Date: Fri, 21 Jan 2005 15:34:21 +0100 From: "Dr. Pivo" <dp at pivo.w.se> Subject: beer at ice I I have now a couple of years' experience in tasting Thai beers. It didn't begin in a shy manner. It was at a wedding outside of Udan Thani. After all the celebrations, in the middle of the night, I was quite sure that some thieves were invading the place. UP! I went, and dashed out to find a score of old women cleaning up at pre-dawn. Now, it is true that labour is cheap here and that is why you can employ hordes of people to clean your house at pre-dawn. It is also true that the Thai people are very faithful in their religious practices, whether they be Buddhist or Muslim. Neither group expects "Fa'l'anger" (foreign barbarians) to come running out of their rooms naked in the early hours of the morning... And they seemed not overly impressed. Facing the possibility of several felony morality charges for "doing the helicopter dance", and having a celebration outside of Korat for two brothers entering their monkhood to attend, I rapidly pushed onward. Since I do pride myself on being able to keep pace with the beer bottle and had obviously not managed to do that at the wedding, I started reading the labels of these beers: "Alcohol content:...let's see here....IT'S HOW MUCH?!!!!!!!!" Outside of Korat (a city whose real name would take the rest of this page and part of the next to spell... let us keep to the nickname, or my interpretations of dialect... Actually "koLat" would be better 90 percent of the time), by a distance of about 30 kilometers, in a very poor tapioca farming region, the "monk party" was on. It lasted a fews days; a pig got smashed on the head with something that looked not very different from an American baseball bat. Mountains of coconuts were ground in a clever little machine. My job was to keep it from getting stuck full of ground coconut. This was not much different than crushing grains. You simply fed the coconut pieces in the top (no fingers in, please), and manually cleaned the "crush" at the bottom ... (Gol'lee, these were some WELL tempered grains!!). I prefer this work to "pig assassinations", and naturally there was beer (the liquid of life) for the 700 somewhat Thai people (and me) who ate every scrap of that pig. I still don't know how one managed to feed 700 people on one pig, I was there the day before when we bought a whole truckload of vegetables, and drove them in from the city... There was a LOT of old women doing the shopping for the monk party. Once their juvenile pre-monk heads were shaved, they were washed all over ("ablutions"; I believe the Christians would call it and have, in fact, the same ceremony in a similar setting). They were then placed into their apprentice suits... and once the appropriate amount of chanting and gong thumping by the priest had been done... ...There were 700 people who were planning on spending at least one day of eating, drinking, and maybe playing music or dancing, but definitely "consuming". It is, in fact, the host's duty to fully share compassion with their guest's consideration. As long as you didn't sit on the 20 flats of eggs in the back of the truck on the way home, or let the drunk, unshaven policeman in the back seat, fall asleep on your shoulder, whilst snoring (Now just WHY did he have to go along on this shopping trip, and how much did HE cost?) life was sweet. I know I ate at least two plates of a mixture of coriander, onions, garlic and chillies, mixed with a large amount of chopped up, quite recognizable, small intestine (Did they cook that stuff, or just dip it in the "broth" barrel?)... on rice. So I guess we just collectively ate our way through one organ system at a time. I do remember "meat" at one point. I definitely remember at least two versions of "skin". "Hair" and "hoof" must have missed my attention, but then I remembered that after the slaughter, it seemed like the "Washing and shaving of the pig body" seemed to go on all afternoon. What was apparent was that this was a place far from an abundance of refrigerators and freezers. A few 5 watt bulbs hung here and there, but ice was a bought and sold commodity. This presented you with a choice on what you should drink with your intestines... warm beer, or beer "on the rocks"... or " at ice", as I prefer to call it, being fond of neologisms. Ordinarily, the mere thought of dishonouring the noble amber liquid with ice would send waves of shivers running up and down my spine. Unsuspectingly, much worse waves were to follow within the year. It turns out, that as the ice melted, the beer actually tasted better! This was "beer concentrate" made for a non-refrigerator owning population, I believe. Standard procedure in the country is, you get your warm bottle of beer served, a glass, and a plastic bucket full of ice. One then alternately adds ice or beer to maintain the preferred level of dilution. I have been in many countries, have tasted what beers were available, and even tried to document what beers were available where, and what they tasted like: "Oh! Here comes his little black book again!" Some sort of documentation has seemed a good idea, and I have many "little black books" filled, or half filled with my descriptions. The point being, they have always been descriptive, and never quantified, or even in some sense, "judgemental". One can't completely avoid some sort of judgement when using a purely subjective organization... but I have never said "this beer is better than that one". I have MOST definitely ( to the dissapointment of many frequent posters here) said many times, something to the tune of: "This beer , which I enjoy very much, is produced in a completely different manner than beers that use the brewing techniques suggested here, which by and large, produce beers that I find uninteresting to the point of being insipid." But now, a departure from all of that. I would like to introduce, for the first time publicly, my very own "ice cube rating system". In other words how many average size Thai ice cubes it takes to make their beer most enjoyable. I should begin by describing the "units of measurement". Glasses rarely exceed 300 ml in size here (could that be about 7 Wizards of Oz.?... You Anglicans are still bound to those queerish "weights and measures", hey?) Ice comes in three varieties. 1) little round tubes, sort of like squid bodies. 2) large blocks that get hacked by "curved machetes" to "normal size" (i.e. whatever will fit in a glass) 3) machine "crush" which is much like, but smaller than "2", and more consistant in size. Return to table of contents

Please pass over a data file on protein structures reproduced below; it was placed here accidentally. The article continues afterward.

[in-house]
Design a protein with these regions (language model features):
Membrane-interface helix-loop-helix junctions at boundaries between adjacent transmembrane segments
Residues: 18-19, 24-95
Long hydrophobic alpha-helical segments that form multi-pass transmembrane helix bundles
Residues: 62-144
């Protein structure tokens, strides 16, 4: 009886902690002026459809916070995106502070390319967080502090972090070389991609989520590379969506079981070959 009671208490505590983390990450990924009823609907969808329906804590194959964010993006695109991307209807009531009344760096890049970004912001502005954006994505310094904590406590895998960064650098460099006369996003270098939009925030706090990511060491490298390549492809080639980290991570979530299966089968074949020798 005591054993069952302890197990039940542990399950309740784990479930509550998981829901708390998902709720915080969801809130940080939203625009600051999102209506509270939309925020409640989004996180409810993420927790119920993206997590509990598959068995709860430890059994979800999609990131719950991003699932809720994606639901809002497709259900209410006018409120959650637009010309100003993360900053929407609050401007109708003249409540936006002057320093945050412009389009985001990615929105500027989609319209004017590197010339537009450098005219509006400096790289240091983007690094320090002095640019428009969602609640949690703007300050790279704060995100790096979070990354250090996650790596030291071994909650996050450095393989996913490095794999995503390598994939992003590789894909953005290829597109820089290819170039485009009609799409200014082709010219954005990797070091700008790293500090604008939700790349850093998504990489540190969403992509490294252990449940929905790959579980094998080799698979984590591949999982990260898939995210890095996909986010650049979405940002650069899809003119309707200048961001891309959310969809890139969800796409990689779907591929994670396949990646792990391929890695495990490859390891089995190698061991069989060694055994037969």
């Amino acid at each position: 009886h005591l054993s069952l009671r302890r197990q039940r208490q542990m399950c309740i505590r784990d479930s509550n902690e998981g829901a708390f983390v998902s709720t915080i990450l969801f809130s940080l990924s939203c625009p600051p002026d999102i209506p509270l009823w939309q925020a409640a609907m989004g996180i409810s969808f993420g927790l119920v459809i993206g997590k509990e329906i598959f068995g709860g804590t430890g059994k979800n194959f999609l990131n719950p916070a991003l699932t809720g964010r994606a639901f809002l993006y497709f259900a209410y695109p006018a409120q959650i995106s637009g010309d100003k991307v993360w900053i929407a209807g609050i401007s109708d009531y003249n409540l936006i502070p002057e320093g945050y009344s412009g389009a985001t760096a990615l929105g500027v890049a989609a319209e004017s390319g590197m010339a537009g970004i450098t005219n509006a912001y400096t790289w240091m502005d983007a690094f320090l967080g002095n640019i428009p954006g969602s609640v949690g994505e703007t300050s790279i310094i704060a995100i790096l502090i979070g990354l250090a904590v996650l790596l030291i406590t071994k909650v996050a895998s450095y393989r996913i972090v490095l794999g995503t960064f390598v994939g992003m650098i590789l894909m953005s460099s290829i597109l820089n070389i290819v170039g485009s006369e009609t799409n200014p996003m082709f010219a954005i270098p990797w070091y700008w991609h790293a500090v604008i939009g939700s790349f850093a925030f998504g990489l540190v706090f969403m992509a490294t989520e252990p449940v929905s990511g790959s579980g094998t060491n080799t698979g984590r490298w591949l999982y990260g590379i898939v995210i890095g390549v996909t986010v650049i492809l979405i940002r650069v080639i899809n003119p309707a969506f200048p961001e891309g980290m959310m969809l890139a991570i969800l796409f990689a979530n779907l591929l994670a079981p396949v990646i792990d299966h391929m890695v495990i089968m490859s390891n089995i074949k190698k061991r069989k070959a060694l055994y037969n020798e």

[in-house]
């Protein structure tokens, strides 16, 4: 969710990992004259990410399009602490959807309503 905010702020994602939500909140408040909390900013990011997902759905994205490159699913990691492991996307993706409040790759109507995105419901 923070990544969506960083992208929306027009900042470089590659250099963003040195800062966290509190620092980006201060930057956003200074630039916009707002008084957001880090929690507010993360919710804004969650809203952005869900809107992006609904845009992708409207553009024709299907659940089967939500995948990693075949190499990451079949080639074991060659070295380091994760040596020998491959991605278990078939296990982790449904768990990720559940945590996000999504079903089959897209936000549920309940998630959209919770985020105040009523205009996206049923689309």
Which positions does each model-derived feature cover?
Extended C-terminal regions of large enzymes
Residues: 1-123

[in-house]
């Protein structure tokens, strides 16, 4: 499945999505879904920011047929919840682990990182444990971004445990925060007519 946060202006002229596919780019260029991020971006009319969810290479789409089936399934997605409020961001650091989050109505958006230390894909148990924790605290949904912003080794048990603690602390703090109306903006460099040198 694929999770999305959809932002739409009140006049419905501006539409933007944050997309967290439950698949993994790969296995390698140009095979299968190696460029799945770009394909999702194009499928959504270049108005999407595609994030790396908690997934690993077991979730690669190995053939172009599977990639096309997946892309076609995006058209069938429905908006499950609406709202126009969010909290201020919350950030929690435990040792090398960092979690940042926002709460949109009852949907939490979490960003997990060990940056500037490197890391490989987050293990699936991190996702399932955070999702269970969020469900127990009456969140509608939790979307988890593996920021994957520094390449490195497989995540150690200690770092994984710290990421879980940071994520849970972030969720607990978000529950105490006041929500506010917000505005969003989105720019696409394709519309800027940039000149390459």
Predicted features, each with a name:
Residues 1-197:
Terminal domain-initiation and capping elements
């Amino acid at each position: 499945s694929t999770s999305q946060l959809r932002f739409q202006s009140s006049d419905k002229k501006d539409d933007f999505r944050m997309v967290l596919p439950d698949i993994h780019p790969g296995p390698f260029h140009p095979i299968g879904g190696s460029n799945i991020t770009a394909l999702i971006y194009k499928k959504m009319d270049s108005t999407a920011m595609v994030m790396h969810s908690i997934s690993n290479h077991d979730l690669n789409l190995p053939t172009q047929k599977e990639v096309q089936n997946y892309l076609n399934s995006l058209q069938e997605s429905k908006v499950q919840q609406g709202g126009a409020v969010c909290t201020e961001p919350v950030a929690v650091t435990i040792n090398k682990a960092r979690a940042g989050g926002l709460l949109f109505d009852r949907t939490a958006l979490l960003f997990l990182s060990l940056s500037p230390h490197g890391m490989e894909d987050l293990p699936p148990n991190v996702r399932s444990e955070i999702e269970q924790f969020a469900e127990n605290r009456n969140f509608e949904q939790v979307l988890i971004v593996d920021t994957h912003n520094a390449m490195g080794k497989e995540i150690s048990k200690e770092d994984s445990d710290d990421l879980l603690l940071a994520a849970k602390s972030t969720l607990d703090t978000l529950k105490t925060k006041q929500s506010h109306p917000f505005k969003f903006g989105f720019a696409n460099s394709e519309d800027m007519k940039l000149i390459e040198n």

Date: Fri, 21 Jan 2005 15:58:18 +0100 From: "Dr. Pivo" <dp at pivo.w.se> Subject: beer at ice II Now that we have sharply defined that parameter, I present " at ice". 1) Singha Gold. This follows a tendency I've seen in other Asian countries, where the better quality product (often named "gold" or "premium") is actually lower in alcohol content than the commonly available local product. (as opposed to the Occidental world where "export", "premium" or "gold" often denote a higher alcohol containing product). Peculiar to the species is a unique packaging form, and a VERY limited distribution. I've only found this one in dinky cans, in hotel mini-bars, or exclusive hotels. It's really a pity this critter is so hard to find, as it is a darn fine drop. A hop presence with a little "sting" that I would even go so far as to characterize as "North German". Reminds me of "Anchor" of Singapore, which should not be confused with "Ankir" of Indonesia, which is also very nice but completely different in style. There is a distinct little "corn-like" flavour amongst the sweeter elements, such as you would find in Mediterranean or Central American lagers. Rating: 0 ice cubes. 2) Thai Beer. This one, at 6.5 volume percent (I hope we are in a agreement that we don't do "weight" anymore... even the Yanks who continually have to have an "own standard") should probably rate two ice cubes just to keep you from doing the "helicopter dance", but has a surprisingly light and sweet flavour, with a hint of honey, such as you find gracing the background of a Bavarian Pils. Not much in the way of hops to speak of here. Rating: 1 ice cube 3) Singha. As mentioned, Singha is really the only Thai beer with a hop presence at all, and it does much to support the flavour. The "regular" higher alcohol Singha is a bit "cloying", however. Rating: 2 ice cubes 4) Leo. At 5.4 perecnt, this is nearly a "light beer" by Thai standards. The bare fact that it is less "concentrated" in taste, makes it pretty acceptable. Rating: 2 ice cubes 5) Chang. Cheap and high in alcohol (6.4 percent) makes this a big seller. Chang means "elephant", and has previously attracted the support of a Danish multi-conglomurate brewery that produces another "elephant" beer, This love affair, is however, ended. The word "Carlsberg" is stricken from all public places. The taste is damn near heading towards a barley wine. Rating: 4 ice cubes 6) "Horsey", This one comes sometimes with an English name on the neck label, sometimes not. The rest is inscripted in Thai. The real name escapes me, but the lable has a picture of a horse's head as one would depict a chess piece. Patently sour. Rating: A glass filled with "crush" and a trickle of beer. 7) Kloster. This one has some German brewing direction at the head, and markets itself as exclusive, and costs as much as or more than the imports. I am going to be extremely unfair here. I have only tasted this one time. But when you have walked through several kilometers of 30 degree heat at night, just to find the bloody thing and it's warm by the time you get it home. One waits for the thing to chill again in the fridge, and the kiddies to go to sleep before imbibing, then the thing smells and tastes like a mixture of cabbage and brussel sprouts... it is simply not a 'spurment I am willing to repeat. Rating: keep the beer, I'll just take the ice, please. 8) 04-11-23. Found on the Southwest coast, Singha tapped on this date (and indeed the whole month of November, it turns out) must have fallen prey to a late introduction of oxygen in the process, as the taste of diacetyl (dare I guess 2-3 ppm?) was present. Naturally, I was "blissed out". Similar dates on the east coast showed not a hint. Beers tapped in December had accentuated problems, and already began tasting of "old barrel". Oxidative tastes are mighty tricky things to control. Rating: 0 ice cubes. 04-12-26 As night fell on this day, the shock, horror, and adrenaline began waning. People had moved up towards the hills. Thai people made fires of palm fronds, dotting the hillside with lights. People were harboured wherever possible. There was no electricity, or water, and a strange sort of "boy scout camp" atmosphere of helpfulness prevailed. Strangely, the genuine fact of what one was doing... looking for friends and family, or sheltering same, became cloaked in the spirit of an amazing international constitution of "we are all in this together". A couple of Hungarian lads were wandering about looking for food for their family. I did recall that I had some mangosteens lying in the bowl on the kitchen table, and went in by candle light to fetch them, and recalled: "There was an 04-11-23 in the fridge, wasn't there?". "This is for the children. THIS is for the grownups." I feel pretty certain it was appreciated, even if they've never heard of "diacetyl". Beer Chronicles from the Dark Side Dr. Pivo (*) <--- That is a picture of me taken from ground level, shinnying up a scaffolding onto a roof Return to table of contents